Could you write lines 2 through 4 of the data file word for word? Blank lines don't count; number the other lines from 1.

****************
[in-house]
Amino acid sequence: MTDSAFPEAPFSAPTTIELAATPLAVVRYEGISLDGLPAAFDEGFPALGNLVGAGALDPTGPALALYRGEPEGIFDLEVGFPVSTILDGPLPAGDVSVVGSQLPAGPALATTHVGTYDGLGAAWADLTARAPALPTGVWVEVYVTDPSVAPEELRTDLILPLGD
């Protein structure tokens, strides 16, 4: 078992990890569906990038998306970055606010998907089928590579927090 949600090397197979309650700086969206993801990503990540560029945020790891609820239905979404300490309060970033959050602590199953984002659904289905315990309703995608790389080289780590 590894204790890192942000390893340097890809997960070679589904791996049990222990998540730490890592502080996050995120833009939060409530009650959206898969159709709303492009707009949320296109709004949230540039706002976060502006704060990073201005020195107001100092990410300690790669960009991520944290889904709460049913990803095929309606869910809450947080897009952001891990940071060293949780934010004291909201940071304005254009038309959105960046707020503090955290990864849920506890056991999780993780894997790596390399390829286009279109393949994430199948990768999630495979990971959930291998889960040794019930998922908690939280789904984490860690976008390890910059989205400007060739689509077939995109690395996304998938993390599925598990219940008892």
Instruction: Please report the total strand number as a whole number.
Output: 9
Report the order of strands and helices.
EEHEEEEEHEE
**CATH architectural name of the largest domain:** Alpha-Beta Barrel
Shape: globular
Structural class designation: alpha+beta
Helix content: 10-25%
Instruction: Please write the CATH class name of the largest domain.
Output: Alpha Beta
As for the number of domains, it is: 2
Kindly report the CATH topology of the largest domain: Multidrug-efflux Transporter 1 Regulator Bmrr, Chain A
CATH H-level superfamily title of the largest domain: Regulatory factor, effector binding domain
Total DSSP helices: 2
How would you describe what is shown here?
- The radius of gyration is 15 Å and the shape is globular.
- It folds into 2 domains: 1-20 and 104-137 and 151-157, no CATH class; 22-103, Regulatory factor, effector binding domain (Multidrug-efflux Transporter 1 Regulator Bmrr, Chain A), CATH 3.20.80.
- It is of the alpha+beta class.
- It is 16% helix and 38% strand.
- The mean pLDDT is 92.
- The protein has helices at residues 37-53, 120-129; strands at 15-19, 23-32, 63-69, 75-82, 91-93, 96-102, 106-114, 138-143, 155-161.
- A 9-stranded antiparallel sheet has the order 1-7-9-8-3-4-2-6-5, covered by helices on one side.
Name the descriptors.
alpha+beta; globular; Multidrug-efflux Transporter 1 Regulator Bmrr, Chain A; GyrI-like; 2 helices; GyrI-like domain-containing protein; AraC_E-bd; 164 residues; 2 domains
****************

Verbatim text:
Amino acid sequence: MTDSAFPEAPFSAPTTIELAATPLAVVRYEGISLDGLPAAFDEGFPALGNLVGAGALDPTGPALALYRGEPEGIFDLEVGFPVSTILDGPLPAGDVSVVGSQLPAGPALATTHVGTYDGLGAAWADLTARAPALPTGVWVEVYVTDPSVAPEELRTDLILPLGD
């Protein structure tokens, strides 16, 4: 078992990890569906990038998306970055606010998907089928590579927090 949600090397197979309650700086969206993801990503990540560029945020790891609820239905979404300490309060970033959050602590199953984002659904289905315990309703995608790389080289780590 590894204790890192942000390893340097890809997960070679589904791996049990222990998540730490890592502080996050995120833009939060409530009650959206898969159709709303492009707009949320296109709004949230540039706002976060502006704060990073201005020195107001100092990410300690790669960009991520944290889904709460049913990803095929309606869910809450947080897009952001891990940071060293949780934010004291909201940071304005254009038309959105960046707020503090955290990864849920506890056991999780993780894997790596390399390829286009279109393949994430199948990768999630495979990971959930291998889960040794019930998922908690939280789904984490860690976008390890910059989205400007060739689509077939995109690395996304998938993390599925598990219940008892």
Instruction: Please report the total strand number as a whole number.